Gross Domestic Happiness: Beyond Financial Welfare

This article is an excerpt from the Shortform book guide to "Homo Deus" by Yuval Noah Harari. Shortform has the world's best summaries and analyses of books you should be reading.

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What is Gross Domestic Happiness? How is it measured and what can be done to improve the GDH index?

Gross Domestic Happiness is a measure of the overall well-being and life satisfaction of a population. The GDH is measured by collecting ratings of non-economic indicators of well-being (e.g. health, psychological well-being, living standards, etc).

Keep reading to learn about Gross Domestic Happiness and how to improve it.

Redefining Well-Being With Gross Domestic Happiness

Historically, people have pushed aside their personal happiness to serve a “greater” purpose. Originally, this purpose was attached to religion. People were willing to put aside earthly happiness in exchange for eternal happiness. Suffering or dying for one’s religion was often equated to a better place in the afterlife. While more extreme believers still suffer for their religion in the 21st century, most people have moved on from that model of thinking. 

In recent history, people’s “greater cause” has shifted to nationalism. People are willing to put aside personal happiness to provide national happiness. While fighting or dying for one’s country is the most direct example of this, nations demand more than just wartime service. They require the economic involvement of their citizens to develop a higher gross domestic product (GDP), or the market value of all services and products created within a nation’s border, because GDP has historically been viewed as the barometer of a nation’s overall success. 

However, in the 21st century, we’ve started to value personal happiness over service to a “greater cause.” Because of this, many have started to question the use of GDP as a barometer of success. While it factors in economic strength, it doesn’t factor in the overall happiness of a nation’s populace. Many economists, philosophers, and politicians have pushed for the use of a new barometer: GDH, or gross domestic happiness. Their argument is that a prosperous nation is focused on the happiness of its people, not just the strength of its economy.

For example, in 1985, South Korea was considered a very poor country, but their suicide rates were quite low (nine deaths for every 100,000 citizens). However, as South Korea became an economic powerhouse, their suicide rates almost quadrupled (36 deaths for every 100,000 citizens). Using GDP as the standard, South Korea has become more successful in recent years. However, the increase in suicides suggests that people’s overall happiness may have actually decreased.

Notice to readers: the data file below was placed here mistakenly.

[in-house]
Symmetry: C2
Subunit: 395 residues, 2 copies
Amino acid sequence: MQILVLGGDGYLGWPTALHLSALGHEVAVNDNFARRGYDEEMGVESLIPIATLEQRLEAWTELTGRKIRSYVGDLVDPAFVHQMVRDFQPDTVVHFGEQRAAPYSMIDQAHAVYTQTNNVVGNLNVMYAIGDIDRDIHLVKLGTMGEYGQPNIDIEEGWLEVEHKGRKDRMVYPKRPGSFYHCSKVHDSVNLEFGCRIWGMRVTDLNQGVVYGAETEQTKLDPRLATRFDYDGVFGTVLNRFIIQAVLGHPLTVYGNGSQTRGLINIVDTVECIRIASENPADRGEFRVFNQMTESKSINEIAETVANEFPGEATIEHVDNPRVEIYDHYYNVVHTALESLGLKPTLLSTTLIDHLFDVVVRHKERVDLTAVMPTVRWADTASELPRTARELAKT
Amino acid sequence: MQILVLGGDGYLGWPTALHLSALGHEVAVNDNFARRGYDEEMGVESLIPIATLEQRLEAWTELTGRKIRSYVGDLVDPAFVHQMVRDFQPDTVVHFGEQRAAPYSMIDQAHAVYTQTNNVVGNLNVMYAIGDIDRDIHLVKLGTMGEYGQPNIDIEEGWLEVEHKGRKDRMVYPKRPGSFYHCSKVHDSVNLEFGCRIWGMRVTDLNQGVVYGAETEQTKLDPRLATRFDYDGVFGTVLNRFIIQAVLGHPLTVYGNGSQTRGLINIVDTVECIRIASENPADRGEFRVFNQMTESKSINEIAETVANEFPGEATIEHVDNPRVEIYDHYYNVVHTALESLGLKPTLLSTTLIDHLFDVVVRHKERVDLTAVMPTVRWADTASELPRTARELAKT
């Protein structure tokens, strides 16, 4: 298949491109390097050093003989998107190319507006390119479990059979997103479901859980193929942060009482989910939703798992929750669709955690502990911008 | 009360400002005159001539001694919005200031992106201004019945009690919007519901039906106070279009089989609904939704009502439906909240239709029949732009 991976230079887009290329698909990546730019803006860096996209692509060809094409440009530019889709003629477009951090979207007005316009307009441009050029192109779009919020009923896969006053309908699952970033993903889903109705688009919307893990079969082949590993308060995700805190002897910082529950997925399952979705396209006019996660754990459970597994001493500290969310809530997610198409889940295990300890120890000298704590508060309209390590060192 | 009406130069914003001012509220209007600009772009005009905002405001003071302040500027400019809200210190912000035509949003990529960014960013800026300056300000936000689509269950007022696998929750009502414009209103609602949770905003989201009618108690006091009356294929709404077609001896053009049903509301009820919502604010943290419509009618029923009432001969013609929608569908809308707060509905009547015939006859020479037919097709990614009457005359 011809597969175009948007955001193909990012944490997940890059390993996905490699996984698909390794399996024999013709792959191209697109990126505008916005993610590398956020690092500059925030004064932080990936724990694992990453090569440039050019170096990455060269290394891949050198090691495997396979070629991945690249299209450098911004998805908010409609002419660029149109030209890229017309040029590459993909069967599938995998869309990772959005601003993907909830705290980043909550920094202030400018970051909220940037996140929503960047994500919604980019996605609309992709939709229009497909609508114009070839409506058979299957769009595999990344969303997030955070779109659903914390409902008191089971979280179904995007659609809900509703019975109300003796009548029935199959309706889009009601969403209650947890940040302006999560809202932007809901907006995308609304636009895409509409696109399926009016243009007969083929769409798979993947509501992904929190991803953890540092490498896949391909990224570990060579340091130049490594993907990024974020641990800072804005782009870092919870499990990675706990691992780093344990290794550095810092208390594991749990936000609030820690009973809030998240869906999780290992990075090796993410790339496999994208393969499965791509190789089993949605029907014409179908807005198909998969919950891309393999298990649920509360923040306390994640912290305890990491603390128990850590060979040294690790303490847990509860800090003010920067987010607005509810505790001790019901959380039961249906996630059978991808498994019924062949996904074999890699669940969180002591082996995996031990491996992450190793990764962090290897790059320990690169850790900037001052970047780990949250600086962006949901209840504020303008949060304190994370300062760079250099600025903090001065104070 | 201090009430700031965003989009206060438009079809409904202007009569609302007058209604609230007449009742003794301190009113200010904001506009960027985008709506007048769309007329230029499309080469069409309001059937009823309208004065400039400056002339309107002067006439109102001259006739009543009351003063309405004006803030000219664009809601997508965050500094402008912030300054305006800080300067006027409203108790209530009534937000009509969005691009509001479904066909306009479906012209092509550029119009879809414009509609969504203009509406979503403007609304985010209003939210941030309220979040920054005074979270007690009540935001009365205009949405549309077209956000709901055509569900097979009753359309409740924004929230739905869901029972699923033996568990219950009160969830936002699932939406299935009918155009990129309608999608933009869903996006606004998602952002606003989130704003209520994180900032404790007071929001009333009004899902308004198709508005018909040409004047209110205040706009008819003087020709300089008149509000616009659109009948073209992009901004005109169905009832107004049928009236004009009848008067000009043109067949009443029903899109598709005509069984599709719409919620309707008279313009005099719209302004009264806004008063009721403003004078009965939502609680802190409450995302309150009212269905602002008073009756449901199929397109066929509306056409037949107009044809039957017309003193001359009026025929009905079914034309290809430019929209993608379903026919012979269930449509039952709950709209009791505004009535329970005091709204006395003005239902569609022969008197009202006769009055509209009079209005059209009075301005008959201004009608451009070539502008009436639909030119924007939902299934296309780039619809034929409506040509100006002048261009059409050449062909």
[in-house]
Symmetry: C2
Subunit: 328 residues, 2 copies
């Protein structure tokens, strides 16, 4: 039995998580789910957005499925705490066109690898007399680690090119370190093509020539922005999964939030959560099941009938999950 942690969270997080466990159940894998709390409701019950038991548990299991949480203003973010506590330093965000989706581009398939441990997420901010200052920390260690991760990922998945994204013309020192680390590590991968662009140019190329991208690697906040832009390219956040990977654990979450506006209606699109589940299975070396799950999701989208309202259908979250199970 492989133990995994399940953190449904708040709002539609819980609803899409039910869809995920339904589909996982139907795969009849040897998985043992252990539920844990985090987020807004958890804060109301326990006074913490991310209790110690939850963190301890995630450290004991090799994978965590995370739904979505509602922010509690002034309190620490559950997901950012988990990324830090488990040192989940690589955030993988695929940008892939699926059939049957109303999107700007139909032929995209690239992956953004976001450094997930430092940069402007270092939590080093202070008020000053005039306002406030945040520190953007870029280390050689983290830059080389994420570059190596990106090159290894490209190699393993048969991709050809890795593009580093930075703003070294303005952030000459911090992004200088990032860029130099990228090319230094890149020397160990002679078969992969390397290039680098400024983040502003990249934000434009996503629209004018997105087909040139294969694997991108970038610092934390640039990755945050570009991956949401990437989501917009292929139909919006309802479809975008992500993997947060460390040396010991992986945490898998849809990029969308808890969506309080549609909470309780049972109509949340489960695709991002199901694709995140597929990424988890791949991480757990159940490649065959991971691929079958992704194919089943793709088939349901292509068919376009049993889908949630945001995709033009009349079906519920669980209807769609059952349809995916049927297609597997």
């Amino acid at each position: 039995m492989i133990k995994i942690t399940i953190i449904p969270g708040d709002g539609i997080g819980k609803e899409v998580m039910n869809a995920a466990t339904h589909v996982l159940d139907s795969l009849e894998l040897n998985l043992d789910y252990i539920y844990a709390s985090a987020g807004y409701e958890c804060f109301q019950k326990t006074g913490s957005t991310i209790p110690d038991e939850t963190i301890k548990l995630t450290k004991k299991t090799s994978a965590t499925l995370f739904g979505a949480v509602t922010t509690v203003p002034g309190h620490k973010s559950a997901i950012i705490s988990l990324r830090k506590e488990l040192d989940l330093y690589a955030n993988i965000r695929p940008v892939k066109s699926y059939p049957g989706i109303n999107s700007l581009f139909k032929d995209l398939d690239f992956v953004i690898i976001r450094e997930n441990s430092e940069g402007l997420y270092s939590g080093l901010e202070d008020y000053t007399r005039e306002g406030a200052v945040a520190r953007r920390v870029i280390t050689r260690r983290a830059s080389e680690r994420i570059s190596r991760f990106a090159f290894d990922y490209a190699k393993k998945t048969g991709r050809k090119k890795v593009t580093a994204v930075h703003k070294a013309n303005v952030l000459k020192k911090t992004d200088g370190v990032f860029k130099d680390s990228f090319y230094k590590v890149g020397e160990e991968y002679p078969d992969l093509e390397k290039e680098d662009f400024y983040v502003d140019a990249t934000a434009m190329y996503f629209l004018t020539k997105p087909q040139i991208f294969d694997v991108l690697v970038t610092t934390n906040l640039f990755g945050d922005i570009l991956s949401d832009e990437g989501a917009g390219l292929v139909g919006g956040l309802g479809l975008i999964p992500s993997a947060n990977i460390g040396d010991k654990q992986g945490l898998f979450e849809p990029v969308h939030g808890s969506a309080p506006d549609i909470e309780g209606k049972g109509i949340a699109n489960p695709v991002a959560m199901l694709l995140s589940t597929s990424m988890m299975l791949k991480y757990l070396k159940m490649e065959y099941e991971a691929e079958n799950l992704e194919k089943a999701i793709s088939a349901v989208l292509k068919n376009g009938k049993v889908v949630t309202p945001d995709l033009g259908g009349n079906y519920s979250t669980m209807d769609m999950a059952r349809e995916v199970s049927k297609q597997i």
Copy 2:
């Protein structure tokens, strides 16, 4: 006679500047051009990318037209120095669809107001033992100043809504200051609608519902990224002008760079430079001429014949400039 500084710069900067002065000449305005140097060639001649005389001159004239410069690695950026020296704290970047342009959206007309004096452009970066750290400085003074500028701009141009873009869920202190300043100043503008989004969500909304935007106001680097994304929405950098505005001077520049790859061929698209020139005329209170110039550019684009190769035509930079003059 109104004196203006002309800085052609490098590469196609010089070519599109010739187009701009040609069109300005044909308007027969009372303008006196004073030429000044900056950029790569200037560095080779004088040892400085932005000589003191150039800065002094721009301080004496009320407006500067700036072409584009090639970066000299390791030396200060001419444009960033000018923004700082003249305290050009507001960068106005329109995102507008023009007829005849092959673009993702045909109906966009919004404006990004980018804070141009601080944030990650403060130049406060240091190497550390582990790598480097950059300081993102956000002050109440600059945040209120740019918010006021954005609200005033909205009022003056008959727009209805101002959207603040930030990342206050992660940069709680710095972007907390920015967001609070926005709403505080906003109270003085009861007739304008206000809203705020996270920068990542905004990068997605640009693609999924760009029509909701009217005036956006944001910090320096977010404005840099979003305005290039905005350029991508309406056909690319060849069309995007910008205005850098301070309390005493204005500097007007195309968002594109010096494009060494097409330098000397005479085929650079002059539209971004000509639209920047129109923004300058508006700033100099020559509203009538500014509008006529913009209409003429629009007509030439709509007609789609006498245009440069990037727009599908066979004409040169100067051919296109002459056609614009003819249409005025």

As society turns its focus towards gross domestic happiness, researchers have defined two approaches to developing and maintaining happiness—psychology and biochemistry:

1) Psychology: Human happiness depends on personal expectation. Different experiences and lifestyles create different levels of expectation and, therefore, different requirements for happiness. For example, if you’ve unwillingly gone for days without food, you would be overjoyed at the sight of a fast-food burger. However, if you’ve been eating at 5-star restaurants for your entire life, that same fast-food burger may disgust you. Different experiences create a different reaction to the same food offering. 

2) Biochemistry: Human happiness is the result of chemical reactions. While these internal reactions may be caused by external factors, the human brain is only responding to the chemical reactions occurring in the body. This is why drug use is common in most areas of the world. It creates the chemical responses without the external stimuli. For example, if you play professional baseball and hit a walk-off grand slam to win the World Series, your body would release chemicals that create a particular sensation. However, this same sensation may be experienced by an average person trying the drug ecstasy for the first time. While the external factors are vastly different, the internal chemical responses may be almost the same.  

Humanity currently relies more on biochemical happiness. Prescription drug use is higher than it’s ever been, and the illegal drug market is booming across the globe. Through the scope of economics, governments determine which of these biochemical manipulations are good and which are dangerous:

  • “Good” drugs allow citizens to contribute to society and the economy. They typically remove negative sensations and allow citizens to focus on gaining pleasant sensations through life, work, and education. These drugs include solutions for depression, anxiety, and ADHD. 
  • “Dangerous” drugs prevent citizens from contributing to society and the economy. They typically create pleasant sensations, removing the incentive to find happiness through life, work, or education. These drugs include cocaine, LSD, ecstasy, alcohol, and marijuana. 
Gross Domestic Happiness: Beyond Financial Welfare

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Darya Sinusoid

Darya’s love for reading started with fantasy novels (The LOTR trilogy is still her all-time-favorite). Growing up, however, she found herself transitioning to non-fiction, psychological, and self-help books. She has a degree in Psychology and a deep passion for the subject. She likes reading research-informed books that distill the workings of the human brain/mind/consciousness and thinking of ways to apply the insights to her own life. Some of her favorites include Thinking, Fast and Slow, How We Decide, and The Wisdom of the Enneagram.

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